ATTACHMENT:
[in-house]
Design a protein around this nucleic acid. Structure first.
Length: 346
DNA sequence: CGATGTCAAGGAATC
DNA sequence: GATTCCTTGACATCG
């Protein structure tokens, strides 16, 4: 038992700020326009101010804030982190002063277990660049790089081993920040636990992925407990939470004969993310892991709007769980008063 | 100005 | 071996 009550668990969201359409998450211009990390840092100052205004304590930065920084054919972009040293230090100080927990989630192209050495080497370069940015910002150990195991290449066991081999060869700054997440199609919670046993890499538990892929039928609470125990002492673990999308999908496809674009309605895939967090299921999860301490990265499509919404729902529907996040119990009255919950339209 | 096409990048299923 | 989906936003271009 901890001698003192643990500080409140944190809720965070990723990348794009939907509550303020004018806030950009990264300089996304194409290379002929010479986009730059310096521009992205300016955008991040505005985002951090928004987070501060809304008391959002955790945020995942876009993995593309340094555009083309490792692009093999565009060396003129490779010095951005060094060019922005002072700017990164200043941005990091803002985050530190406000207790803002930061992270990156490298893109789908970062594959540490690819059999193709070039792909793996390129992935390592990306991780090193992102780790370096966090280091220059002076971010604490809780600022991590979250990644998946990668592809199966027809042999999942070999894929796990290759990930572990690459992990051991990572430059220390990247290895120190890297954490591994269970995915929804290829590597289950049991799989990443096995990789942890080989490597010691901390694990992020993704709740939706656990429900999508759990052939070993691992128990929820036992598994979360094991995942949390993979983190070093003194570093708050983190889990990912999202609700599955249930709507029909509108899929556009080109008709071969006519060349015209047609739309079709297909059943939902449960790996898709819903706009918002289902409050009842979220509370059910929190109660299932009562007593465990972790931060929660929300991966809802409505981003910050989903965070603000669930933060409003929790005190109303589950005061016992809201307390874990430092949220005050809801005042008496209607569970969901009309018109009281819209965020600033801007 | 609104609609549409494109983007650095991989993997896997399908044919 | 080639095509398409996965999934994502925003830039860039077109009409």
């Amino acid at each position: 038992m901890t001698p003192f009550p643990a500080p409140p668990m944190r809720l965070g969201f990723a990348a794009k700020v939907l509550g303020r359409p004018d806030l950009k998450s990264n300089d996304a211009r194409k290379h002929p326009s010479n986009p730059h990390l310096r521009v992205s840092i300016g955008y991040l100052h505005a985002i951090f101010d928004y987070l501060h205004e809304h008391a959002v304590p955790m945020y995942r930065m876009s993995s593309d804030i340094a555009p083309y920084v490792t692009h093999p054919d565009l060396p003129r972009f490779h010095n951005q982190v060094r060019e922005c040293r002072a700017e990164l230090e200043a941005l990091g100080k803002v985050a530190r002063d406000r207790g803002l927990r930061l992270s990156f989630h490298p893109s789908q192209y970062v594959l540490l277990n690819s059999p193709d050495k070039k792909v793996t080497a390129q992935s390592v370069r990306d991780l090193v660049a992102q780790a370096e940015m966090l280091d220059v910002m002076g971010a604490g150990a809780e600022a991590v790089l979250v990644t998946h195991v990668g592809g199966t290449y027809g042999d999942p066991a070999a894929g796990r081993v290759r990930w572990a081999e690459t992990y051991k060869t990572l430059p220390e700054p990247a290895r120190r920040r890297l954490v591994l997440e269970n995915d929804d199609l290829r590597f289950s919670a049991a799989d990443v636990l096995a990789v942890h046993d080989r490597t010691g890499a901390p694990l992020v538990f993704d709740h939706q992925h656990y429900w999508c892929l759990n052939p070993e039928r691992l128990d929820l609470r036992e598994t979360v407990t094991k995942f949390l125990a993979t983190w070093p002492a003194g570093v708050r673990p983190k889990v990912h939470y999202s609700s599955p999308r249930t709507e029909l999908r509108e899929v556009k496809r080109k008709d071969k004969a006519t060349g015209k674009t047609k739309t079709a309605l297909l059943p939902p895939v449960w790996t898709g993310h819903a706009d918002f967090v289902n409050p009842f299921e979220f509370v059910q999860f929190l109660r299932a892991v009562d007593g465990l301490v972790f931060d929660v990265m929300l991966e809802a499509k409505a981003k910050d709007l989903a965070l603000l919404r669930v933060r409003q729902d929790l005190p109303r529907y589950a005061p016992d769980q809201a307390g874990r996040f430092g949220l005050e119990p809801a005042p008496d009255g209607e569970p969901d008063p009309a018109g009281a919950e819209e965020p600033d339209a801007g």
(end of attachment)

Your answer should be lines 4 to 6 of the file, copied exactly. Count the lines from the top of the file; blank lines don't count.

DNA sequence: CGATGTCAAGGAATC
DNA sequence: GATTCCTTGACATCG
């Protein structure tokens, strides 16, 4: 038992700020326009101010804030982190002063277990660049790089081993920040636990992925407990939470004969993310892991709007769980008063 | 100005 | 071996 009550668990969201359409998450211009990390840092100052205004304590930065920084054919972009040293230090100080927990989630192209050495080497370069940015910002150990195991290449066991081999060869700054997440199609919670046993890499538990892929039928609470125990002492673990999308999908496809674009309605895939967090299921999860301490990265499509919404729902529907996040119990009255919950339209 | 096409990048299923 | 989906936003271009 901890001698003192643990500080409140944190809720965070990723990348794009939907509550303020004018806030950009990264300089996304194409290379002929010479986009730059310096521009992205300016955008991040505005985002951090928004987070501060809304008391959002955790945020995942876009993995593309340094555009083309490792692009093999565009060396003129490779010095951005060094060019922005002072700017990164200043941005990091803002985050530190406000207790803002930061992270990156490298893109789908970062594959540490690819059999193709070039792909793996390129992935390592990306991780090193992102780790370096966090280091220059002076971010604490809780600022991590979250990644998946990668592809199966027809042999999942070999894929796990290759990930572990690459992990051991990572430059220390990247290895120190890297954490591994269970995915929804290829590597289950049991799989990443096995990789942890080989490597010691901390694990992020993704709740939706656990429900999508759990052939070993691992128990929820036992598994979360094991995942949390993979983190070093003194570093708050983190889990990912999202609700599955249930709507029909509108899929556009080109008709071969006519060349015209047609739309079709297909059943939902449960790996898709819903706009918002289902409050009842979220509370059910929190109660299932009562007593465990972790931060929660929300991966809802409505981003910050989903965070603000669930933060409003929790005190109303589950005061016992809201307390874990430092949220005050809801005042008496209607569970969901009309018109009281819209965020600033801007 | 609104609609549409494109983007650095991989993997896997399908044919 | 080639095509398409996965999934994502925003830039860039077109009409």